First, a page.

• ITVI.USA
    15,868.670
    8.820
    0.1%
  • OTLT.USA
    2.774
    0.001
    0%
  • OTRI.USA
    21.470
    0.010
    0%
  • OTVI.USA
    15,873.680
    8.980
    0.1%
  • TSTOPVRPM.CHIATL
    2.960
    -0.660
    -18.2%
  • TSTOPVRPM.PHLCHI
    2.100
    -0.250
    -10.6%
  • TSTOPVRPM.DALLAX
    1.610
    0.250
    18.4%
  • TSTOPVRPM.LAXDAL
    3.340
    -0.130
    -3.7%
  • TSTOPVRPM.LAXSEA
    3.860
    -0.220
    -5.4%
  • TSTOPVRPM.ATLPHL
    3.520
    0.380
    12.1%
  • WAIT.USA
    126.000
    -2.000
    -1.6%
  • ITVI.USA
    15,868.670
    8.820
    0.1%
  • OTLT.USA
    2.774
    0.001
    0%
  • OTRI.USA
    21.470
    0.010
    0%
  • OTVI.USA
    15,873.680
    8.980
    0.1%
  • TSTOPVRPM.CHIATL
    2.960
    -0.660
    -18.2%
  • TSTOPVRPM.PHLCHI
    2.100
    -0.250
    -10.6%
  • TSTOPVRPM.DALLAX
    1.610
    0.250
    18.4%
  • TSTOPVRPM.LAXDAL
    3.340
    -0.130
    -3.7%
  • TSTOPVRPM.LAXSEA
    3.860
    -0.220
    -5.4%
  • TSTOPVRPM.ATLPHL
    3.520
    0.380
    12.1%
  • WAIT.USA
    126.000
    -2.000
    -1.6%
American ShipperShipping

As the world watches

   Geodis Wilson, the freight forwarding and heavy-lift shipping division of Geodis Group, has begun moving the giant gates that will be used in the new, third set of locks being built for the Panama Canal.
  
The first four of the 16 gates were scheduled to arrive in Cristobal, Panama in late August, having begun their shipment in July from manufacturer Cimolai in San Giorgio di Nogaro, a river port about 50 kilometers northwest of Trieste, Italy.
  
Biagio Oro, head of industrial projects for Geodis Wilson in Italy, and Philippe Somers, senior vice president of Geodis Wilson’s industrial projects division, talked to American Shipper about the project for which the company was awarded a $50 million contract by Cimolai last year.
  
The gates being built for the new locks are large: 58-meters long, 10-meters wide (or thick), and 30-meters high. They weigh 4,200 tons each. They are also quite valuable, collectively costing about 400 million euros ($533 million).
  
Unlike the existing locks at the Panama Canal, which swing open and close using hinges, the new locks will be similar to packet doors and will slide into position from the side.
  
As with the existing locks, ships using the new locks will step up or down through three chambers on each side of the isthmus. There will be gates between each of the chambers and at either end of each series of locks. Why 16 gates instead of eight? There are duplicates for each gate so the new locks can continue to operate normally even when a gate needs to be repaired or is undergoing regular maintenance.
  
While Geodis Wilson has extensive experience moving project cargo for the oil and gas, petrochemical and power sectors, Somers said “this project is in many ways unique” because of the size and weight of the gates, the size of the contract and the project’s high profile, as the Panama Canal extension is watched closely by a worldwide audience.
  
He said Geodis Wilson’s in-house engineering expertise was a key to winning the work. Normally, a shipper goes separately to engineering, shipping, barging, trucking, and rigging companies and contracts with each one individually, Somers explained.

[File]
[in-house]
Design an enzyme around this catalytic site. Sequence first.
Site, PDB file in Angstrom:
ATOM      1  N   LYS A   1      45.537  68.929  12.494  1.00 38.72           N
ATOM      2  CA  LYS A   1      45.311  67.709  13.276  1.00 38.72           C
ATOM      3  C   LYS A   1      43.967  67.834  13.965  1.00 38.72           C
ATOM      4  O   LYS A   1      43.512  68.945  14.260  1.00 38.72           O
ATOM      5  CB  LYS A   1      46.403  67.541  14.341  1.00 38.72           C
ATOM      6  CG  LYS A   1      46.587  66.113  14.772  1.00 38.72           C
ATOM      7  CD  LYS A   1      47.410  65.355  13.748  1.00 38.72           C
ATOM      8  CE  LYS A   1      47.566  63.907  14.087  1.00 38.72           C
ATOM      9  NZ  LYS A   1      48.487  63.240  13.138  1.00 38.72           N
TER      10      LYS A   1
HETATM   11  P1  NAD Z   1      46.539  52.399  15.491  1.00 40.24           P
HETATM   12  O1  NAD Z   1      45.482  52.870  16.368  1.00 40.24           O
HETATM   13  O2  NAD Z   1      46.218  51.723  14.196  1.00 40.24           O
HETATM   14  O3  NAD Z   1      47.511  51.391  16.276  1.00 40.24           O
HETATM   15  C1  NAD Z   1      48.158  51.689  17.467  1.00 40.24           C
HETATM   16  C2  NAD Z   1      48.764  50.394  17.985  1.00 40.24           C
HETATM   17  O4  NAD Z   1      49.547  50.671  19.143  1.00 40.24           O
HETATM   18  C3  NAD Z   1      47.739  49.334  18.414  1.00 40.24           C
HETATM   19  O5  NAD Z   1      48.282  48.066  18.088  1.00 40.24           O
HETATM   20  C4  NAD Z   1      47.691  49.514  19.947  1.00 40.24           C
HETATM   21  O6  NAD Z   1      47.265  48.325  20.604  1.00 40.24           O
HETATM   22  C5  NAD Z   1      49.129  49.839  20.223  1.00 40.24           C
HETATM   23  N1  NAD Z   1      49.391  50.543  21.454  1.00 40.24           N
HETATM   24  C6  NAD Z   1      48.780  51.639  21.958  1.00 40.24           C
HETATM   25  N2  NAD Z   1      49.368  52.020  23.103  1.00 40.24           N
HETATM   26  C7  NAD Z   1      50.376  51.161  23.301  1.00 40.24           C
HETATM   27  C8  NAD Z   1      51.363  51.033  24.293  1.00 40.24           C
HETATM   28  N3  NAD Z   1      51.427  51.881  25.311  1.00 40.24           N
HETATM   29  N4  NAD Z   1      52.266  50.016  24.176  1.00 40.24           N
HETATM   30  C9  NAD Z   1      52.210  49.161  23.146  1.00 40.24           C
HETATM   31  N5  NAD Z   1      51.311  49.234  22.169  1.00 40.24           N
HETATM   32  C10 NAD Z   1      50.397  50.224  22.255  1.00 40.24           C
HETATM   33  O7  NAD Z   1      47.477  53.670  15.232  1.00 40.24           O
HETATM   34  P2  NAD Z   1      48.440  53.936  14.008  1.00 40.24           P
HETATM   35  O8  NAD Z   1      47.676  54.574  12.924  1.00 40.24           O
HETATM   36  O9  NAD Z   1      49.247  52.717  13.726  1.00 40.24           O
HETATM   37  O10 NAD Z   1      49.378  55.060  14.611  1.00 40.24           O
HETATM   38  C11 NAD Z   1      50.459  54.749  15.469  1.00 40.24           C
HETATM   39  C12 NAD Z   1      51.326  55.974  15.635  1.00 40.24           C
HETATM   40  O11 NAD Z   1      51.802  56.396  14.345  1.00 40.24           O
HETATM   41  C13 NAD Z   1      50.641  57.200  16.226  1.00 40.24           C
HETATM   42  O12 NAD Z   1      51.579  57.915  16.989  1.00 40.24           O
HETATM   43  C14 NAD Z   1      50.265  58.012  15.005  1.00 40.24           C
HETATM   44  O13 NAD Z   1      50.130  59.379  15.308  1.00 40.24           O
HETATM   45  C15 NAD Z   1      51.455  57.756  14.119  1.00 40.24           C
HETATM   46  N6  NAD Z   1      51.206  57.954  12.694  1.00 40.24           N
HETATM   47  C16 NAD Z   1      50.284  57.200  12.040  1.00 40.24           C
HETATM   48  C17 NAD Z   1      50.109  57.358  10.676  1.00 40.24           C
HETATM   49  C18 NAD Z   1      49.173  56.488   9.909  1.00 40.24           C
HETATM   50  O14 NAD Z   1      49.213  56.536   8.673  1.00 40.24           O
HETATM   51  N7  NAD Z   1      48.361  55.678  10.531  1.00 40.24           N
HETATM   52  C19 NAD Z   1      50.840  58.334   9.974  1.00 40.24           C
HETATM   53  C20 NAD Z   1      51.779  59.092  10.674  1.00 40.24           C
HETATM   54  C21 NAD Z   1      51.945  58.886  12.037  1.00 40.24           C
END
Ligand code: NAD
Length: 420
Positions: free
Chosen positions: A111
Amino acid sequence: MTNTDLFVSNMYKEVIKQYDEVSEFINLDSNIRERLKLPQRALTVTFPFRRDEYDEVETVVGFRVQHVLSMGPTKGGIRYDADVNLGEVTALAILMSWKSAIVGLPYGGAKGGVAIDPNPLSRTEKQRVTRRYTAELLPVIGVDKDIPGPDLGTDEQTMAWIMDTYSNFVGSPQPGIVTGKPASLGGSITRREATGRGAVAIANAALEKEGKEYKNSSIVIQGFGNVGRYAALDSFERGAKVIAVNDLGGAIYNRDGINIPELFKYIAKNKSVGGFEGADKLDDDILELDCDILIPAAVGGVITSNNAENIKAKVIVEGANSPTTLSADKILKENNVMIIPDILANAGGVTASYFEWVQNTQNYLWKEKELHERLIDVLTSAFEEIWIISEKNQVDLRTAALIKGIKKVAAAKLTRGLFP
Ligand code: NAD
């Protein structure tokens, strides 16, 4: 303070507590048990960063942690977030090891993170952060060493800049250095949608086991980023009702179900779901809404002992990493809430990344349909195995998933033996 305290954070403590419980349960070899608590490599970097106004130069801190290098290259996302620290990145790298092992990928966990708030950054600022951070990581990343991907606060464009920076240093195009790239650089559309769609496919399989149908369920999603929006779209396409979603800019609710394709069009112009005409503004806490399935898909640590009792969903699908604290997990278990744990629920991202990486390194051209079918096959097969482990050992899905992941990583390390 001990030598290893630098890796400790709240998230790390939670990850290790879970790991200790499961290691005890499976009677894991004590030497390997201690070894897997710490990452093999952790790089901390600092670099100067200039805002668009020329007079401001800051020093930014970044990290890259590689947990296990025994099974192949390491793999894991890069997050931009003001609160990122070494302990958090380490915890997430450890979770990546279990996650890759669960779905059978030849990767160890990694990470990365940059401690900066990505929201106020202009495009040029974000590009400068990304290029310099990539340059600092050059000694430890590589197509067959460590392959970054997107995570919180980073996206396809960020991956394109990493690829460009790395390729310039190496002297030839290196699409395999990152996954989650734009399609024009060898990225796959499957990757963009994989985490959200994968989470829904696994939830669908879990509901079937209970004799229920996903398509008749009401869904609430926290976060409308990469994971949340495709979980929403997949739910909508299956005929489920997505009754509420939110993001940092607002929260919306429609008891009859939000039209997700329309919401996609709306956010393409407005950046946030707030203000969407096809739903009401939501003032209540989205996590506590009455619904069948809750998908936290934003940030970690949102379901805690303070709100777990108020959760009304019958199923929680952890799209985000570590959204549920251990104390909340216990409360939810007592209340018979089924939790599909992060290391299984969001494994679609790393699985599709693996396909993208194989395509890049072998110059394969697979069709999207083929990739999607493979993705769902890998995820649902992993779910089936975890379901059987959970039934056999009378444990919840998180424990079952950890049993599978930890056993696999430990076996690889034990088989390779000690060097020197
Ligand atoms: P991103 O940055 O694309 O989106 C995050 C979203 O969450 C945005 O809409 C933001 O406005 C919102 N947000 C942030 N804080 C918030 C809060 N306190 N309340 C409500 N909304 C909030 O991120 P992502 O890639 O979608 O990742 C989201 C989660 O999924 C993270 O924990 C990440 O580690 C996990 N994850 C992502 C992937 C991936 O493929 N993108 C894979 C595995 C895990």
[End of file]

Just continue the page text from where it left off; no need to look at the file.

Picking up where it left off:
“Here, it was the freight forwarder who took the lead and subcontracted,” he said. To do this, Geodis Wilson needed technical skill to plan the move and selected the proper subcontractors, including the shipping company STX Pan Ocean, which provided the semisubmersible ship that transports the gates from Italy to Panama and Sarens, the company which provided both the special purpose modular trailers (SPMTs) for moving the gates on land and a barge to move the gates from where they were manufactured to the deepwater port of Trieste.
  
The movement of the gates has several segments. After being manufactured at Cimolai, they are marshaled on stands, or “stools,” in a yard at Port Novarro. They are then moved using four diesel-powered SPMTs, each with 30 axles. The SPMTs’ axles are highly maneuverable and can be simultaneously controlled with a single control stick.
  
The gates are rolled onto the deck barge where they are secured onto special stools and then transported – four at a time – to Trieste. There, the barge and STX ship Sunrise are placed stern-to-stern and the SPMTs are used to roll the gates onto the vessel. (By the way, there are numerous videos of the move that can be seen online.)
  
After traversing the Mediterranean and Atlantic, the gates are delivered to a special yard in Cristobal near the canal’s Atlantic entrance. The shipment of the 16 gates is expected to be concluded next February.
  
After all the gates have arrived in Cristobal, eight will be transported by barge through the existing Panama Canal and the old locks to another marshaling yard near the canal’s Pacific entrance in Balboa. When the gates are delivered to their respective marshaling yards at each end of the canal, Geodis Wilson’s contract will be finished.
  
Oro said another tender has been issued for moving the gates from those yards to their final position in the canal, using SPMTs and put in place using another piece of specialized equipment called a strand jack.
  
Does Geodis Wilson have an interest in trying to win that business?
  
“Why not? We are participating in the tender, but at this moment we cannot say. There are many technical issues to be discussed,” Oro said.

Chris Dupin

Chris Dupin has written about trade and transportation and other business subjects for a variety of publications before joining American Shipper and Freightwaves.

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